11. 21:20 - Steed says almost exactly the same likes as Jonathan Stone did in the teaser, Barabara reaches for her purse, then simply closes the clasp instead of pulling out a gun.
  12. 21:40 - An in-joke? When Steed meets Barbara Wakefield he comments she's from Toronto, based on her accent - Suzanne Lloyd was indeed from Toronto, and Macnee had worked there for many years with Canadian television.
  13. 22:50 - Steed keeps a couple of polo ponies at the Riding Club.
  14. 23:58 - Mrs Peel's prospective partner: "He would have to be mature, a man of culture, and intelligence. With stamina!
  15. 29:48 (30:45) - During the cake tasting, Dinsford liberally plies Steed with champagne - all over his arm, in fact!
  16. 26:00 - Emma plays the wedding march on Steed's tuba while he practices golf. She later (27:30) plays The Ride of the Valkeries until Steed chips the golf ball into the tuba.
  17. 27:02 - when Steed hits his golf ball, the small box he's using as a tee flies off and lands on Mrs Peel.
  18. 30:12 - Macnee fluffs a line: "Conventient accident, piece of cake - err, cake of soap at the top of the stairs".
  19. 33:00 - Dinsford has put an arrow against Mrs Peel's name, but now Henshaw has a heart. Does this mean all the names on the board are supposed to have been killed?
  20. 42:36 - fluff on camera lens or smudge on wall?
  21. 46:55 - it's very obviously Billy Westley Jr who falls from the shelf instead of Diana Rigg.
  22. 48:50 - Mrs Peel is driving and Steed is in the back, bare-headed, putting on his tie. When we switch to the exterior shot behind the car, they're side by side, Steed in the driver's seat, wearing a top hat.
  23. The plot's a bit like "Strangers on a Train" - the agency facilitates the murder of inconvenient relatives for its members, while providing alibis for them by making sure they're seen elsewhere at the time of death, the attractive Barbara Wakefield being their chief assassin.
  24. An episode of Adam Adamant entitled Death by Appointment Only, also written by Tony Williamson, provoked an angry letter from The Avengers producer Julian Wintle to the BBC, claiming that it had the same plot.
    Williamson contended that it was different, thus:
    1. the episode centred around an escort agency rather than a match-maker's
    2. the agency wasn't a "Murder Inc.", but was instead killing victims for their own ends.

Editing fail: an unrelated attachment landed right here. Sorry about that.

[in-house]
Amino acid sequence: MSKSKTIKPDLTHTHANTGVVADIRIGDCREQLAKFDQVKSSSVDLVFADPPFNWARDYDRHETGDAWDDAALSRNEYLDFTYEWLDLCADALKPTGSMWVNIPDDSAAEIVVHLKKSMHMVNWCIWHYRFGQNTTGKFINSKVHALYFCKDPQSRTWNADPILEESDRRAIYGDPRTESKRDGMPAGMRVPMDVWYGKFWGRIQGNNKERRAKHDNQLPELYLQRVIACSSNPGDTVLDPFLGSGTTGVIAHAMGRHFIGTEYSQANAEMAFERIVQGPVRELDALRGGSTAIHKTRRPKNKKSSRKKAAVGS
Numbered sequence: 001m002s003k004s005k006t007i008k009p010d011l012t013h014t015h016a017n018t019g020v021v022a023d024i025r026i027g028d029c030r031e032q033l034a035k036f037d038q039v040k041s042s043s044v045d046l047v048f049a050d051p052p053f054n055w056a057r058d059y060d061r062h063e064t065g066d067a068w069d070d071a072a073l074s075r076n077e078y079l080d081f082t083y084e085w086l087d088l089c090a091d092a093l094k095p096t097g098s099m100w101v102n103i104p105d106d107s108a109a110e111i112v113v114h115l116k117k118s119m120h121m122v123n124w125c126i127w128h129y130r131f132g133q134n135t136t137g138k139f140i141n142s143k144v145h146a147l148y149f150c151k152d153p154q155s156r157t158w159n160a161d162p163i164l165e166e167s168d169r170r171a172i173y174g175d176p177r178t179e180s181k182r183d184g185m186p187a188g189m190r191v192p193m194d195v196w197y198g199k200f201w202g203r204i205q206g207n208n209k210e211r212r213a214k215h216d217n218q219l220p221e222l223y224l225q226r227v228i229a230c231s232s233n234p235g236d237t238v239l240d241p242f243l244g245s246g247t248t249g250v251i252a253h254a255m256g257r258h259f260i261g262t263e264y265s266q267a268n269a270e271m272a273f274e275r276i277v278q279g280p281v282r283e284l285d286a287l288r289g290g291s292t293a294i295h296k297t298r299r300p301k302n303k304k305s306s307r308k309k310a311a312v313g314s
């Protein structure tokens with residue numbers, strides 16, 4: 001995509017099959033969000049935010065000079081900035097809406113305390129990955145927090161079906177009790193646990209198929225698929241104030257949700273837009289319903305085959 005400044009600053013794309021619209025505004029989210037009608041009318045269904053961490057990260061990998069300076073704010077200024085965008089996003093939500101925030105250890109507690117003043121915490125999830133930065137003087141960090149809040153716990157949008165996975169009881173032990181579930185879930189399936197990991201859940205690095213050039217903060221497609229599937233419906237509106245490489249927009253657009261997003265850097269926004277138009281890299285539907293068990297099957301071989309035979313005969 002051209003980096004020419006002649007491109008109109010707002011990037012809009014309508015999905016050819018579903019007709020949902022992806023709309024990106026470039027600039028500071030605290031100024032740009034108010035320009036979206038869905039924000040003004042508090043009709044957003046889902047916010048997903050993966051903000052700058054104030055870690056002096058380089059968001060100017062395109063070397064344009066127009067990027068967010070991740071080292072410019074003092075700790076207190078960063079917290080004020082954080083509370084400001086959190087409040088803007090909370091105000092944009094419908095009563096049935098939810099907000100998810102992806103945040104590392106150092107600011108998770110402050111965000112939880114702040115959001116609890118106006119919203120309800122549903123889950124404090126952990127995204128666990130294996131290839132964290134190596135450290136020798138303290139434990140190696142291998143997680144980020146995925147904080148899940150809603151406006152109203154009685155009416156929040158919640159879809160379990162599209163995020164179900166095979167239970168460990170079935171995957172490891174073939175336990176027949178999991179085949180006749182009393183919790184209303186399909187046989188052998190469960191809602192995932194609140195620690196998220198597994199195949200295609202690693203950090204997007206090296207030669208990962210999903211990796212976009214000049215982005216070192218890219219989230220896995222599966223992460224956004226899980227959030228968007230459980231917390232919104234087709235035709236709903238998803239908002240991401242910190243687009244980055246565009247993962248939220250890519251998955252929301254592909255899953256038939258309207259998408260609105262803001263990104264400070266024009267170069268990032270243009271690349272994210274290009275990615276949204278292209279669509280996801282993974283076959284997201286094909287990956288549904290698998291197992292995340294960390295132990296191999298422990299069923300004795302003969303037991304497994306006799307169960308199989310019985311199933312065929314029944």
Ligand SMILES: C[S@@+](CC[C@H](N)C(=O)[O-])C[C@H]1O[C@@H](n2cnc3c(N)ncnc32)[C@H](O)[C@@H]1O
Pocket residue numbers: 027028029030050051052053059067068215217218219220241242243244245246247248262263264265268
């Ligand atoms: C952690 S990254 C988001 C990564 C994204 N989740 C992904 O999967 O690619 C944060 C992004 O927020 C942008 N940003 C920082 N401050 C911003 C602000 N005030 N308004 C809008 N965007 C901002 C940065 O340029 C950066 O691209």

Otherwise, Wintle was right and the plots were very similar...
    Strangely, Colin Vancao appeared in both episodes as an extra in identical rôles (and it is through Adam Adamant that I have managed to identify him as he was uncredited in The Assassination Bureau and Series 3's Esprit De Corps).
  25. Running time: 49:49
  26. This episode was originally filmed second, after The Hour that Never Was under thie direction of Wolf Rilla, with Elizabteh Shepard as Emma Peel. It was later refilmed presumably in its entirety with Diana Rigg by Peter Graqham Scott.
A note on the timecodes
Where I have listed two sets of timecodes, the first is from the 2009-11 Optimum Releasing/Studio Canal DVD sets, any other timecodes are from the A&E and Contender DVD sets from a decade beforehand.
The new releases have been remastered and their frame rate has been changed, resulting in a shorter running time. However, the picture quality has increased markedly. I assume this is because they used a simple 2:2 pulldown (24 @ 25) when converting from the original film masters (film runs at 24 frames per second, while PAL runs at 25fps, the new DVDs are in PAL format).
This pulldown was also the cause of audio errors on many episodes, especially for Series 5, as the audio sped up to match the new rate (4% faster), rather than being properly pitch-shifted. Checking the dialogue sheets, which list the feet and frames of the reels, it looks like the speed change is around 5.04%, so there may be some cuts as well - probably from around the commercial breaks and ends of reels, as they amount to about 25 seconds. All my assumptions are based on the episodes having been filmed on standard 35mm film, which has 16 frames per foot and runs at 24 frames per second, so a minute of footage uses 90 feet of film (1,440 frames).
These audio errors have been corrected in the currently available DVDs, but the 2:2 pulldown remains. There is also the addition of a Studio Canal lead-in, converted to black and white to match the episode for Series Four, but colour for Series Five, adding an extra 18 or 19 seconds to the runnning time and making it harder to match timecodes with previous releases. It's annoying that it has been slapped on every single episode, Series 1-3 didn't suffer this indignity.
The previous Contender and A&E DVD releases didn't seem to suffer from these problems, so I assume they either used soft telecine and preserved the original 24fps rate of the film (my preferred option in DVDs) or they used 24 @ 25 pulldown (2:2:2:2:2:2:2:2:2:2:2:3 Euro pull-down). Let's hope the much-rumoured bluray release will revert to native 24fps with soft telecine so we won't have these problems again.